Gold Coast Ghal Kitchen will be serving Liberian and Ghanaian dishes out of Gold Bar in South Lake Union every Sunday and Monday until Sept. 21.

Owner Tina Fahnbulleh was born in Liberia, then fled the Second Liberian Civil War with her family as a young child to a refugee camp in Ghana, where her grandmother cooked for her and other refugees until her family moved to the U.S. when she was 8. Growing up in St. Paul, Minnesota, she cooked with her grandmother and learned how to make Liberian and Ghanaian dishes. Fahnbulleh moved to Seattle in 2016, and to make new friends in the city, she started inviting people over to eat West African food. In 2018, she started doing pop-ups and created a catering business.

When I visited Gold Coast Ghal Kitchen on a recent Sunday, I ordered beef meat pies ($12), shrimp suya skewers ($14) and chicken stew ($16).

The meat pies were a satisfying snack, with flaky fried dough wrapped around ground beef and green pepper.

The suya skewers, dusted with a super spicy peanut and pepper powder, was served with a chili sauce made with a sweet but powerful pepper, the Scotch bonnet, that’s ubiquitous in West Africa, and habanero. The dish has a wonderful blend of pepper flavors, but it will leave the tip of your tongue burning, so order it with a drink from Gold Bar and prepare to sweat.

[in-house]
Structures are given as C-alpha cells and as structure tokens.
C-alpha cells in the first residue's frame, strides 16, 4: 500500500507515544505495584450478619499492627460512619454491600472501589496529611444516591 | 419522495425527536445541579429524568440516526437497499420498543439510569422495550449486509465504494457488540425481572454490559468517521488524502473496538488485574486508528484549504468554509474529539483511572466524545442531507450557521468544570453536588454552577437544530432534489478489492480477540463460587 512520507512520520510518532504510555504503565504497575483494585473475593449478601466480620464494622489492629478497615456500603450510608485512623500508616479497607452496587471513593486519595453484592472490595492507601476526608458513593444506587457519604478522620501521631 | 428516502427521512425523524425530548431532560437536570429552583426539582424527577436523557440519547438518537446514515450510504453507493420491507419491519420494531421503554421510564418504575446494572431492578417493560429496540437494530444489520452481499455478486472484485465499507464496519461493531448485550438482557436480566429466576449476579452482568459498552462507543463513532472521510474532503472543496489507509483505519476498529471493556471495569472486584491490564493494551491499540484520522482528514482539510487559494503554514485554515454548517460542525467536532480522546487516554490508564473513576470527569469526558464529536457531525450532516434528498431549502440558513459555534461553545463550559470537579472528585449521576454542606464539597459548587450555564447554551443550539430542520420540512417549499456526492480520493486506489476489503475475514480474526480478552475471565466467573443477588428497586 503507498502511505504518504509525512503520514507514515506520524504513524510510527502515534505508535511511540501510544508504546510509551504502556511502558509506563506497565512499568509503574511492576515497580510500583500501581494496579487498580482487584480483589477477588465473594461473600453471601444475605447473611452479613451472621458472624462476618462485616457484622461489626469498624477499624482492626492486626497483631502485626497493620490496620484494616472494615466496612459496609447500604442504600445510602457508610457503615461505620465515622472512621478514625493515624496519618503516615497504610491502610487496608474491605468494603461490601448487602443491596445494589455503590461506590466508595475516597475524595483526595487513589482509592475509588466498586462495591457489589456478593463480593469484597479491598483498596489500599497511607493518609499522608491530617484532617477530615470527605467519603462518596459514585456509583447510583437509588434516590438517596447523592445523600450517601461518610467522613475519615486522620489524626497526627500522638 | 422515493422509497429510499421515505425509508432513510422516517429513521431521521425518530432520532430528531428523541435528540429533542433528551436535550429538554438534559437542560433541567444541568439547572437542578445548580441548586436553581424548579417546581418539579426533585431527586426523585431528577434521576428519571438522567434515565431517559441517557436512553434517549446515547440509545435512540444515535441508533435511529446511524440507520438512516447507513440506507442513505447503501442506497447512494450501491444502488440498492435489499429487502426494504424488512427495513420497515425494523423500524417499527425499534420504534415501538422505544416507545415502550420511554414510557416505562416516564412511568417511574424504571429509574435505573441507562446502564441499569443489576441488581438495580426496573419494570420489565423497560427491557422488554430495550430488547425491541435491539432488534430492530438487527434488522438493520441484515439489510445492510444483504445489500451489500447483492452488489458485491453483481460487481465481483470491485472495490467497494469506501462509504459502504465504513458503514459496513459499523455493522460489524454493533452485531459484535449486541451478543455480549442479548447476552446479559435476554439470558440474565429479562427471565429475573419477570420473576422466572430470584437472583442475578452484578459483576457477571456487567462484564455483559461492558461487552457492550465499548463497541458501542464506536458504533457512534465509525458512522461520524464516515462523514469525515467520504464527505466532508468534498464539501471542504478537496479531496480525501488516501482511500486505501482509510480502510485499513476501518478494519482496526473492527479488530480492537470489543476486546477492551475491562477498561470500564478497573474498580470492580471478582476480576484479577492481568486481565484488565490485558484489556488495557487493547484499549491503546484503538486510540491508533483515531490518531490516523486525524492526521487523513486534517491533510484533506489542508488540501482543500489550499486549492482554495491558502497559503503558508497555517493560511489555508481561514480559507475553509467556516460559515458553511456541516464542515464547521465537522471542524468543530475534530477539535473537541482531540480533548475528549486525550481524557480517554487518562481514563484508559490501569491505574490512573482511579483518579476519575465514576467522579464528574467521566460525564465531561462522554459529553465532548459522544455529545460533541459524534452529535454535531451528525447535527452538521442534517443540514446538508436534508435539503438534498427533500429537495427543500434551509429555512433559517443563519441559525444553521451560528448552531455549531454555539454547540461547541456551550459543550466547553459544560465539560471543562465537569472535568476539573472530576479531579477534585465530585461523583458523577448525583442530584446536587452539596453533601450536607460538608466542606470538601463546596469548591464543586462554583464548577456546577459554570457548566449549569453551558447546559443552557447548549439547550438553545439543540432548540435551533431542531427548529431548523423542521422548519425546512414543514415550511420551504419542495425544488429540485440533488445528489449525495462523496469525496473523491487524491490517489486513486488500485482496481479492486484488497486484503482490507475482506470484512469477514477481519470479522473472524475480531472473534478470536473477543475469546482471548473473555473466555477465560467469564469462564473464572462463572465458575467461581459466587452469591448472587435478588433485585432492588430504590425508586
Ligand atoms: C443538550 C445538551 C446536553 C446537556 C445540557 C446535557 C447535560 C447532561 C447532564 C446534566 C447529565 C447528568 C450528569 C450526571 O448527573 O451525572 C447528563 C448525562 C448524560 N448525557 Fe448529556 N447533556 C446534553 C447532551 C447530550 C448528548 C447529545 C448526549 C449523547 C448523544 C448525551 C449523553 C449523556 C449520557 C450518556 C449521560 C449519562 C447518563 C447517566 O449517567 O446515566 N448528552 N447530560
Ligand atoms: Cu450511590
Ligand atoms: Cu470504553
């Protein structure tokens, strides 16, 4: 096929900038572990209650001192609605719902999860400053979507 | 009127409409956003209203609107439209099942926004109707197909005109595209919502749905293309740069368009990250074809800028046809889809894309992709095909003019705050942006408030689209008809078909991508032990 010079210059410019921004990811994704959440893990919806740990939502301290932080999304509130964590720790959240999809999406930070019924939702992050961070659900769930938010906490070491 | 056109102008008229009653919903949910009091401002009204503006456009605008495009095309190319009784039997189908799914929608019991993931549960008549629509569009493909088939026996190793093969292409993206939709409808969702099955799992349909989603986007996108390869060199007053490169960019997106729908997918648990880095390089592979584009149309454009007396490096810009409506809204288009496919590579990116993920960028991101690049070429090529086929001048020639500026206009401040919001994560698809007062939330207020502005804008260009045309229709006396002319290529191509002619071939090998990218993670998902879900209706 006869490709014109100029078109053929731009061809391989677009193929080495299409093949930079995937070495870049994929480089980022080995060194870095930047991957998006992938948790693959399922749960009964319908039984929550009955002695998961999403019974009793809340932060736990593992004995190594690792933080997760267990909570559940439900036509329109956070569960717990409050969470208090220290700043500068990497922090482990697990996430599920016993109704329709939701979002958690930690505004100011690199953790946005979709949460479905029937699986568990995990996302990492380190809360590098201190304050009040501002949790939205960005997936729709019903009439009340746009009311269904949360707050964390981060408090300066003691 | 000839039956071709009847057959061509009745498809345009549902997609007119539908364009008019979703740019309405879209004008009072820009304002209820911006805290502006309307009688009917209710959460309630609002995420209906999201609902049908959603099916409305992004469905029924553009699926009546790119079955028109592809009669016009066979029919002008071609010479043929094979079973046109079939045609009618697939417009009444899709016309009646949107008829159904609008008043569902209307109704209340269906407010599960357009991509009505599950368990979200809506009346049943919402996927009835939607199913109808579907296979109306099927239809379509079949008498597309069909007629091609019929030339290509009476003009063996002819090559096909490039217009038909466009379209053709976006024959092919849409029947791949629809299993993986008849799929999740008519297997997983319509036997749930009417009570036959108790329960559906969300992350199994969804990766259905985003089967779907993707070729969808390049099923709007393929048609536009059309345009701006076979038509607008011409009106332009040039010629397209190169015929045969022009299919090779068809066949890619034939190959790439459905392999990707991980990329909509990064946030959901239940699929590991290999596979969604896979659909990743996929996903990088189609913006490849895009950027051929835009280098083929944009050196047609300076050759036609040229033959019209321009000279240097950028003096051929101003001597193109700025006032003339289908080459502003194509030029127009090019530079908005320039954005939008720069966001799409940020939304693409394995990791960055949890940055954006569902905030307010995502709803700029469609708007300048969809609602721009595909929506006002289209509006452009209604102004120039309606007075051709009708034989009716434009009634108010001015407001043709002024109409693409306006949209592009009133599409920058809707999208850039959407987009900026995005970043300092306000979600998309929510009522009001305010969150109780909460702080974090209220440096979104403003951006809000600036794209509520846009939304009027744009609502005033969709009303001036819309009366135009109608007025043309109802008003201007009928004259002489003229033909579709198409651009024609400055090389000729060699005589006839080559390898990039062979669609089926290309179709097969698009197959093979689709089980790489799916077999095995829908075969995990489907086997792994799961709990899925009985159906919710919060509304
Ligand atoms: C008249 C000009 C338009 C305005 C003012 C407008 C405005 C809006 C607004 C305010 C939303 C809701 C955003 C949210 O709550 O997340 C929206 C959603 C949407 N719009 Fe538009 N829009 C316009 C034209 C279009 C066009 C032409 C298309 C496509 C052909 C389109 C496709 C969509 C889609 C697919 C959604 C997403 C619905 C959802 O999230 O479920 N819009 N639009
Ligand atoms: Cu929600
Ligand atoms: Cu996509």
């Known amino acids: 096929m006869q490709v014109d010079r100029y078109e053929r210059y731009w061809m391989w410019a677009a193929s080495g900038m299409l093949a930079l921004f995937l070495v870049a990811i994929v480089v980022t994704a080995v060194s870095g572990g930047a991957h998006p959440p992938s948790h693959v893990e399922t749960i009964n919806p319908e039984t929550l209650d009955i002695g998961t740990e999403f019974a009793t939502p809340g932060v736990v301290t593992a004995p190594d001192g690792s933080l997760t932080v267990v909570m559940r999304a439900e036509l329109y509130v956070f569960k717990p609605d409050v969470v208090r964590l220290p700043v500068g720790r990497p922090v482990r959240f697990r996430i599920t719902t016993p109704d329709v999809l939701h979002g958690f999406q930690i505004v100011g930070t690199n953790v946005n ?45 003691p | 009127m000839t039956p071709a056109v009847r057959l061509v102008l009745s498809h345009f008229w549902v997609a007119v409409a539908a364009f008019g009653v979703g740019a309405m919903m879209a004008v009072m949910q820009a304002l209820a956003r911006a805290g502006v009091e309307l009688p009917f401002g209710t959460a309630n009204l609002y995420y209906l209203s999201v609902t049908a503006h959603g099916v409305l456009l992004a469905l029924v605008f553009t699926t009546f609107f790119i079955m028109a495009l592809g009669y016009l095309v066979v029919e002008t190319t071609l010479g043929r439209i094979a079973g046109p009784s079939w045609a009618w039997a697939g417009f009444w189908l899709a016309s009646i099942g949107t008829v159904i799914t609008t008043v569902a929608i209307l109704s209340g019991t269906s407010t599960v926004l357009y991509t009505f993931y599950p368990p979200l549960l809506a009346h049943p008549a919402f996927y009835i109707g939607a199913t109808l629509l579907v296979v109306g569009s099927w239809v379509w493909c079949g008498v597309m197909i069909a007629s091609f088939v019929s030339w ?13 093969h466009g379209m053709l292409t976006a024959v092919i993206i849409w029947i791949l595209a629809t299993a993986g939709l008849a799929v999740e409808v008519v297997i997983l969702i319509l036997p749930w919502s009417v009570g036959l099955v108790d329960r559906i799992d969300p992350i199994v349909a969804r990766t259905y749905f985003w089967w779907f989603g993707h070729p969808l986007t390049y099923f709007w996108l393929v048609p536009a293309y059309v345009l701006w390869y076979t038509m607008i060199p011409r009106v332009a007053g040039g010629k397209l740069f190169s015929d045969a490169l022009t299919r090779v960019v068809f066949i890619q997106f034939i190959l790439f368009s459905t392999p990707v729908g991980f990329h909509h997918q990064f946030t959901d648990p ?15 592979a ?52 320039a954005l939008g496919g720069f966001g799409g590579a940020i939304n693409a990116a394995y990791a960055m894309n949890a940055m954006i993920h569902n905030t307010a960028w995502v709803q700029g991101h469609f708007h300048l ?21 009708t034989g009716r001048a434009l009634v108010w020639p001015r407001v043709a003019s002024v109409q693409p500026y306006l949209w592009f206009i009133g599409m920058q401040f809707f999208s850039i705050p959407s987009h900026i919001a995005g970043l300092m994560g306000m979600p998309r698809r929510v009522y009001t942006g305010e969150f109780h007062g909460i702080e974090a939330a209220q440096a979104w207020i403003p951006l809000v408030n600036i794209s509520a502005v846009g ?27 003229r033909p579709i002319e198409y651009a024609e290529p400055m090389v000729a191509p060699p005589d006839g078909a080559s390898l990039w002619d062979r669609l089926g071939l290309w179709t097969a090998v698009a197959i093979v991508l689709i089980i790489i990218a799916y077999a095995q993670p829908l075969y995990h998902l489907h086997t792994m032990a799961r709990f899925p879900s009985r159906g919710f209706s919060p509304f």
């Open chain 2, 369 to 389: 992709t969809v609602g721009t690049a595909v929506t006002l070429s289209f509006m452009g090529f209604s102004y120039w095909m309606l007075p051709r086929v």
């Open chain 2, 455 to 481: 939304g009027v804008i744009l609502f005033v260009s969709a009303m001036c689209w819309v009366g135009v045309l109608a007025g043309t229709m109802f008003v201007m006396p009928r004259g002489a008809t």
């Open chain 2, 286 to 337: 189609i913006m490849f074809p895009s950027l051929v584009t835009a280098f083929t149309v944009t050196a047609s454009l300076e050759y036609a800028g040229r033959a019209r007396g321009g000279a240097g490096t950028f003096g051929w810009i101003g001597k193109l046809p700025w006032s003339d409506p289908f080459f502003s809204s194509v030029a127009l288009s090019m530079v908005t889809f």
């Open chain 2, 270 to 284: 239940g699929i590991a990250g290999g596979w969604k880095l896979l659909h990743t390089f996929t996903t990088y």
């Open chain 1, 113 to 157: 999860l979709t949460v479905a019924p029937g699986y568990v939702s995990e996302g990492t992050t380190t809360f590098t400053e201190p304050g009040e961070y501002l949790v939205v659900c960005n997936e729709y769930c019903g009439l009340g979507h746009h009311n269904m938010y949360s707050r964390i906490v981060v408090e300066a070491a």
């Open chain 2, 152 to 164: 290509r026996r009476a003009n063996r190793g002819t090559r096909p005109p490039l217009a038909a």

The chicken stew, though, was the star of the menu. The tomato, bell pepper and onion serve as a strong base for the meat, fortified by the warm flavors of allspice, turmeric, ginger, and a kick of smoke and heat from smoked paprika and Scotch bonnet.

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Fahnbulleh says she hopes to keep cooking out of Gold Bar, or another bar, for the near future.

Find Gold Coast Ghal Kitchen at Gold Bar, 227 Ninth Ave. N, Seattle, 3-10 p.m., Sundays and Mondays until Sept. 21. Check goldcoastghal.com for updates.

Clarification: a previous version of this story mistakenly stated that Gold Bar is located at 227 Ninth Ave., Seattle. It is actually located at 227 Ninth Ave. N, Seattle.